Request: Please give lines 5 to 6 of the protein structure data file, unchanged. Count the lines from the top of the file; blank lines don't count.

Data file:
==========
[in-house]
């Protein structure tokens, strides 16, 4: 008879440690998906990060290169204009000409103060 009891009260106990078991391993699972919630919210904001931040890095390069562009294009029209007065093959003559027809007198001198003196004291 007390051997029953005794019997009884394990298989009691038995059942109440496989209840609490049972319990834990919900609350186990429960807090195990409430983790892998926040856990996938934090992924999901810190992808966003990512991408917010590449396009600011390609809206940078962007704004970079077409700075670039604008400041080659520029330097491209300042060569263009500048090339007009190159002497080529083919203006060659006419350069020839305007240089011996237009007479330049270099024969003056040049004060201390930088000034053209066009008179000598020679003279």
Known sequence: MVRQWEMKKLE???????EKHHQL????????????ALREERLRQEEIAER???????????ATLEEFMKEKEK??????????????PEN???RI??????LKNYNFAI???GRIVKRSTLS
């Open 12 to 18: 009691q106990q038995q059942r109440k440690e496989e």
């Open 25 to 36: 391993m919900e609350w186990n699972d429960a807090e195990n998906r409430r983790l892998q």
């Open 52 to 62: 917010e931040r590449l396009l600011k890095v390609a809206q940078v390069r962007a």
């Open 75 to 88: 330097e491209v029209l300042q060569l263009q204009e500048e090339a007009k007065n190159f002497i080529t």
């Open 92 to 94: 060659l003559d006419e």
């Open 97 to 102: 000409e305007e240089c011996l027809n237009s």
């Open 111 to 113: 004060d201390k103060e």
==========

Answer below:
């Open 25 to 36: 391993m919900e609350w186990n699972d429960a807090e195990n998906r409430r983790l892998q």
């Open 52 to 62: 917010e931040r590449l396009l600011k890095v390609a809206q940078v390069r962007a």